I wore patchwork bell-bottom jeans and rose-tinted spectacles. I had long fringes on my sleeves and a baby on my hip. Music was amazing and no matter how many ways I look at it, today’s music is an anemic imitation of the creative juices that ran in that long ago year.

How young we were! We were sure we could do anything, everything. We would end war and right every wrong. For one year, the stars aligned and everything was good.

Decades passed. Youth was a long time ago. The drugs we take control our blood pressure, not our state of consciousness. They aren’t much fun, but they keep us alive … no small feat these days.

These days, I worry about Social Security, Medicare,and if  I or the country will survive our incoming president. I am nostalgic about Richard Nixon, a true measure of just how much everything has changed. I know I can’t fix the world. I’ve lived a lifetime. My granddaughter is the age I was back then. I’ve lived in another country, celebrated a 25th anniversary. My son is eligible to join AARP. I moved from the city to the country, and partied with a President, but 1969 is still my year.

Source: MARILYN’S FAVORITE YEAR – 1969

HANGING OUT – GREENWICH VILLAGE MEMORIES

Garry and I watched a documentary on Netflix titled “Greenwich Village: Music That Defined a Generation.” It was about Greenwich Village in the 1960s. Both Garry and I were there. He was already a working reporter, but young enough to enjoy the special culture of this corner of New York. I was still a teenager, in college. I was with my first boyfriend who was into the Village scene. I took to it like a proverbial duck to water.

From the Italian coffee shops that sold amazing coffee, and hot and cold chocolate, to the tiny, dark caverns where folk music was born, this was the Heart of Hip. And it was just a 15 cent subway ride from home. The world was mine. There’s a lot of good things to be said for growing up in the country, but it can’t compare with being young and having New York as ones playground.

The Figaro was the coolest of the cool cafes. Everyone talked in whispers. I knocked over a table one day and almost collapsed from the humiliation. Grace was never my forte.

The Figaro was the coolest of the cool cafes. Everyone talked in whispers. I knocked over a table one day and almost collapsed from the humiliation. Grace was never my forte.

Greenwich Village in the 1960s was the stuff dreams are made of. Everyone was there. Bob Dylan and Tom Paxton. Pete Seeger and Judy Collins. Joni Mitchell and Leon Bibb and Harry Belafonte. Everyone. The famous, soon to be famous and a few who would be infamous. All young, making music, and passing the basket.

I’d take the subway from Queens. Get off at Bleecker Street, alone or in the company of friends. It didn’t matter whether you brought company or went by yourself. There were always people to meet. You didn’t need much money — good because none of us had any. We were kids, mostly without jobs and still in school. Those of us not still living with parents lived in apartments shared with lots of other people to make the rent and afford something to eat now and again.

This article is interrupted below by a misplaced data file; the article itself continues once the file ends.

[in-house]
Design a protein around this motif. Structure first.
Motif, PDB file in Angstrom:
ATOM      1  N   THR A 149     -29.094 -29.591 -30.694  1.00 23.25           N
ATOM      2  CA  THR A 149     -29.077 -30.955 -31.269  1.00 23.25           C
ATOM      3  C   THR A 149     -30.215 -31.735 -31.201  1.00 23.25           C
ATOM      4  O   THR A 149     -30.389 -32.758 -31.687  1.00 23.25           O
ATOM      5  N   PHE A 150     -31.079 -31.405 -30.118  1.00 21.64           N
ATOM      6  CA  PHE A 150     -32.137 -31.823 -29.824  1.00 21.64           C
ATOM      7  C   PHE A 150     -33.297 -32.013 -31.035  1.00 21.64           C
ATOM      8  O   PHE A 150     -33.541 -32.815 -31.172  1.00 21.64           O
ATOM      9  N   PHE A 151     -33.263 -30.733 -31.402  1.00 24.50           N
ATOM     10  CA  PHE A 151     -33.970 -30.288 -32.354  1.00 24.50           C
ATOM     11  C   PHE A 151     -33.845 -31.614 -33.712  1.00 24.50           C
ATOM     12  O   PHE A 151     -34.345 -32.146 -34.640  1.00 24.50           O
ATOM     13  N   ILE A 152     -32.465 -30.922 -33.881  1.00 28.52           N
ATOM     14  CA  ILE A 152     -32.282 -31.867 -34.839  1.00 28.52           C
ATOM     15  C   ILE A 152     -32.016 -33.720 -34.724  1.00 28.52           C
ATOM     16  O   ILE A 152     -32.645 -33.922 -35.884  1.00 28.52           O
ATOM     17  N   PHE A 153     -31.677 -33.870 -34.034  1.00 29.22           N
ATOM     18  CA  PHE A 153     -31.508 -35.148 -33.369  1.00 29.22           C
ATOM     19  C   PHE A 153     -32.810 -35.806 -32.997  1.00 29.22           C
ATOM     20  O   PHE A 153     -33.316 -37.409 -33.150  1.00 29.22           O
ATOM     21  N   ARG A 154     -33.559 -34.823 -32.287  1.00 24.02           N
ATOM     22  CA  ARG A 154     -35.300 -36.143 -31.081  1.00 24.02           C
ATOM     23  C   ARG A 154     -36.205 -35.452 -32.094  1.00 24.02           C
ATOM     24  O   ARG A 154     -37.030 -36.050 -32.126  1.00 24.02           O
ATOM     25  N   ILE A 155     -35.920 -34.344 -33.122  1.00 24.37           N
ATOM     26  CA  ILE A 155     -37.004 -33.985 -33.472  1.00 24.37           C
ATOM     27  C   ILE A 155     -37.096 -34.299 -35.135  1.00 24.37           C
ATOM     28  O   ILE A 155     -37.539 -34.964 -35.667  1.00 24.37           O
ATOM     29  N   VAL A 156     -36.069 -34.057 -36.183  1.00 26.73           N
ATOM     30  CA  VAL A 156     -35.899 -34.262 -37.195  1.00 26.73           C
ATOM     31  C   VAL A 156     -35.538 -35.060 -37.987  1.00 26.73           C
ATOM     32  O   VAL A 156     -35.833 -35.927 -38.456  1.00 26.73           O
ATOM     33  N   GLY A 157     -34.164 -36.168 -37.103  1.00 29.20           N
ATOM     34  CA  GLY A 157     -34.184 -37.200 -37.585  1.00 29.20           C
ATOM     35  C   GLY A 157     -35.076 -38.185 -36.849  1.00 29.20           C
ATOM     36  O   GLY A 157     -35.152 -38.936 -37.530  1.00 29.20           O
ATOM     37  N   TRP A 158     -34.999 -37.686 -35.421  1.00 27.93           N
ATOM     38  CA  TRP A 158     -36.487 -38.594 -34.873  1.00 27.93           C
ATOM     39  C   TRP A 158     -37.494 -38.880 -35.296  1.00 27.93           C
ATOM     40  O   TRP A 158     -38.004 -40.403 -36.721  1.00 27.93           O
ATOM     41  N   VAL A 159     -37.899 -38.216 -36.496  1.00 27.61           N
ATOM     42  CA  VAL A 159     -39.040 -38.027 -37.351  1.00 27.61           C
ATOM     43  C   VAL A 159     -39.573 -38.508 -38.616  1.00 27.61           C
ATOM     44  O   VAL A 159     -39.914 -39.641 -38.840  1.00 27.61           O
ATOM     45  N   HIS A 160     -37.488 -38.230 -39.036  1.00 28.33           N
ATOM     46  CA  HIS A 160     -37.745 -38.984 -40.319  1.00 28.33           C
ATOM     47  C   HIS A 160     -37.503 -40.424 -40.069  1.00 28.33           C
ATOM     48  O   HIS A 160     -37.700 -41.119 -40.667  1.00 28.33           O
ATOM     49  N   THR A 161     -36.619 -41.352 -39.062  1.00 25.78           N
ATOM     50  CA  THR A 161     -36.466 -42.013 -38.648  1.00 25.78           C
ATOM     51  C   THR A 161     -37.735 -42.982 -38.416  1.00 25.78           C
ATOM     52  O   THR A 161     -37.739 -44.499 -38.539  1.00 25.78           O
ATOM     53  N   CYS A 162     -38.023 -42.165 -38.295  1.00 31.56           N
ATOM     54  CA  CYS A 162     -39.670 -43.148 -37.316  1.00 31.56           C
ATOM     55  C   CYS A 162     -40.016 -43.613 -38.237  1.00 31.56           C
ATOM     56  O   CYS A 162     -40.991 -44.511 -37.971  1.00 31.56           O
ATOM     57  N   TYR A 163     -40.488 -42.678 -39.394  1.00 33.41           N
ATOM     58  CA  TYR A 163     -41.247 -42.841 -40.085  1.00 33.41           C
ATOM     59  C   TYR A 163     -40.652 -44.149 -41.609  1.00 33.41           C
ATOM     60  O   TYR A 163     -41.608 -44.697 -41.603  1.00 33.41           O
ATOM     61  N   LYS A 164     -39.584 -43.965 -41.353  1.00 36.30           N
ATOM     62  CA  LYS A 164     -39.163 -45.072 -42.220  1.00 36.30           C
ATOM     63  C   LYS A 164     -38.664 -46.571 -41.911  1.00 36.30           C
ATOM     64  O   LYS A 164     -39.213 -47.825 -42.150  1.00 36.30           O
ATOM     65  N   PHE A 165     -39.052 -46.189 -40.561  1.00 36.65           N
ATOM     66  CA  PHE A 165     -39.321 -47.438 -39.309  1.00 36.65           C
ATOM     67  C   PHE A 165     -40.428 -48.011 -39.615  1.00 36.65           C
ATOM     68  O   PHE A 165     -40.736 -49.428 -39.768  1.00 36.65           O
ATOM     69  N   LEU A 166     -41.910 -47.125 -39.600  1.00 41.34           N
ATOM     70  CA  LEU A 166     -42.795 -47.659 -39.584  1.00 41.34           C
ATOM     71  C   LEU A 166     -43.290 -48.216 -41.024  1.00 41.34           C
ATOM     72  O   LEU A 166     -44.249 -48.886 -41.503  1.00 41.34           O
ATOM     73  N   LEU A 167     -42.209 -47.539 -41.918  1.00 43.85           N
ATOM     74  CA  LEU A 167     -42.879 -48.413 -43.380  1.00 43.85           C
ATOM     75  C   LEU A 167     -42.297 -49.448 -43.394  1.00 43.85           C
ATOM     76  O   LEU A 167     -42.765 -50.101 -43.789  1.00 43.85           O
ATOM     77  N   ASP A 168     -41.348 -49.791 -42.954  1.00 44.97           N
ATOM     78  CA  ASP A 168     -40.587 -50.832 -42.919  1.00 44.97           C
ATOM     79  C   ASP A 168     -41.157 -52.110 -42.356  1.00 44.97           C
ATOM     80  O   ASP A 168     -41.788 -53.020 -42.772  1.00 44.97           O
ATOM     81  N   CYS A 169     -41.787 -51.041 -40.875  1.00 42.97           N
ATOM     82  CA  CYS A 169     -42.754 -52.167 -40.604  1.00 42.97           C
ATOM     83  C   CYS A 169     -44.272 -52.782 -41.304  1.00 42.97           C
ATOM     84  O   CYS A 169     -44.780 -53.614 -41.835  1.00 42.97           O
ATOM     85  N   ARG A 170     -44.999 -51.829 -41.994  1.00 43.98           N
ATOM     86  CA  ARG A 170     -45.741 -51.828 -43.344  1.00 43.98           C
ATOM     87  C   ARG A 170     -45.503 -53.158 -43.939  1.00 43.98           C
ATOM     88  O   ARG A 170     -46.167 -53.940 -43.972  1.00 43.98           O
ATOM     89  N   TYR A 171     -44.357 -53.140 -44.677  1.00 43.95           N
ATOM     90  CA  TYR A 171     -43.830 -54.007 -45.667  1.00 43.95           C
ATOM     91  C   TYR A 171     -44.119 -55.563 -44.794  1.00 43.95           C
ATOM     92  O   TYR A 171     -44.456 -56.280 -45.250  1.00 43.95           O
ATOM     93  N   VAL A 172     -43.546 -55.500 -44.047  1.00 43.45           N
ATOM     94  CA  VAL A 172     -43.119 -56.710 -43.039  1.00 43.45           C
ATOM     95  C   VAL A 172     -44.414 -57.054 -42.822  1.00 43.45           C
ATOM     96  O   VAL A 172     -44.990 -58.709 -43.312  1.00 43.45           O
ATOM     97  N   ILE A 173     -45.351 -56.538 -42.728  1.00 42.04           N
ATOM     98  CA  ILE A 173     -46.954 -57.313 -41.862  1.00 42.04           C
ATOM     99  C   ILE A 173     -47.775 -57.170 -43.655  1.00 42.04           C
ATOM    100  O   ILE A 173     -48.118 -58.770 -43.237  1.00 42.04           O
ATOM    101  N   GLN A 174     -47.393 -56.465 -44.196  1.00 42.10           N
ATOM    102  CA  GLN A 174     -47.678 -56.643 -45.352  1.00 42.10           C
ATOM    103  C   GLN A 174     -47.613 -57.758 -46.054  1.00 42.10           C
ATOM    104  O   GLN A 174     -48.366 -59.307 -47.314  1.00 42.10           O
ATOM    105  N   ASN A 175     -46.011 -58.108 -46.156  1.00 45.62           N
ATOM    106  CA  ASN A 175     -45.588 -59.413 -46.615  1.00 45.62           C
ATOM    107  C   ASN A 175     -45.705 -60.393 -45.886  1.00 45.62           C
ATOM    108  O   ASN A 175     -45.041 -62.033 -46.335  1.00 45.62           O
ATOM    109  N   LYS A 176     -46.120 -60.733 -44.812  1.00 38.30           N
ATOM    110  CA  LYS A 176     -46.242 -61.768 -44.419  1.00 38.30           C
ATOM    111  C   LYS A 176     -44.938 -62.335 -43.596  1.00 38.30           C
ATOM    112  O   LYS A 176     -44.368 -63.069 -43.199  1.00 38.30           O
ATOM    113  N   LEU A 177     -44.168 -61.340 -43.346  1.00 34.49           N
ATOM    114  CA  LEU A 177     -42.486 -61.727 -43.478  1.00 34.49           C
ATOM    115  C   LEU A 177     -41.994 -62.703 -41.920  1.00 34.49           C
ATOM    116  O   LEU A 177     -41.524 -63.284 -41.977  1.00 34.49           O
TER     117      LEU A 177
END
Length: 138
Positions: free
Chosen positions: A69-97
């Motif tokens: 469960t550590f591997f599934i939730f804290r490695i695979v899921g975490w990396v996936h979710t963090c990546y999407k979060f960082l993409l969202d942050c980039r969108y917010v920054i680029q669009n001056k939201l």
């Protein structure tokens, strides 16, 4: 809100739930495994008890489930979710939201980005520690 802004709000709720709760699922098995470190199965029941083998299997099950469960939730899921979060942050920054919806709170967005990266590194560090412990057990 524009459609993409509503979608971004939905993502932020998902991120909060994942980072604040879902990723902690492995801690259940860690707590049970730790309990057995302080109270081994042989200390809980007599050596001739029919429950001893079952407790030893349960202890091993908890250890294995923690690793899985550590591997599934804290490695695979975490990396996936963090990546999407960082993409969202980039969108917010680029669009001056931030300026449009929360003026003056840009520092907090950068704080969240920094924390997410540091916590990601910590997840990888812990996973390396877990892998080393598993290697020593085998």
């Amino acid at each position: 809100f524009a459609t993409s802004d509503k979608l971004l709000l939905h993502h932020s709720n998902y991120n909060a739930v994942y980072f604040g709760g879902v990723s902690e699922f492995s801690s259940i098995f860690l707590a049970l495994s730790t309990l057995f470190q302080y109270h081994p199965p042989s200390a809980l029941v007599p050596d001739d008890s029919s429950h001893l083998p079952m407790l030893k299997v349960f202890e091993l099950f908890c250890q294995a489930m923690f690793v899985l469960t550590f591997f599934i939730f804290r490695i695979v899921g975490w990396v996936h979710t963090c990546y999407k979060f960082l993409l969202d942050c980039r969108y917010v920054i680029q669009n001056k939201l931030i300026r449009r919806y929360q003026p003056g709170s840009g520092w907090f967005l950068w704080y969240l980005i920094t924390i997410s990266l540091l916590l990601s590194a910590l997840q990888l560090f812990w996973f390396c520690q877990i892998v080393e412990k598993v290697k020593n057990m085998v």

All I needed was 30 cents for the round trip — and maybe, if I could scrounge it up, a dollar for a chocolate at Caffe Reggio. A dollar and a half would carry me a whole day into evening in the Village. Because hanging out was cheap.

“What do you mean “hanging out?” asks my granddaughter.

“You bought a coffee or a chocolate and just sat. Read a book or a newspaper. Watched people coming and going on the street, hoping you’d see someone you knew or wanted to know.”

“That’s it? You just sat around?”

“Yup. Just sat around. That was the definition of hanging out. No one hurried you, or told you to buy something or leave.

This may be the only place I remember that's still (more or less) as I remember it. Cleaner, bigger, but recognizably Caffe Reggio -- the place where cappuccino (in America) was born.

This may be the only place I remember that’s still (more or less) as I remember it. Cleaner, bigger, but recognizably Caffe Reggio — the place where cappuccino (in America) was born. It’s now a protected landmark. Good thing, too.

You could sit with your coffee and book all day if you wanted to. No one would bother you. When it got dark, you went to one of the places where people sang. There were usually no entry fees. Hopefully you had enough money to drop something in the basket for whoever was performing. Sometimes, you had no money. More to the point, you had exactly enough to buy a coffee and a couple of subway tokens. But that was okay. It was the 1960s. We were cool.”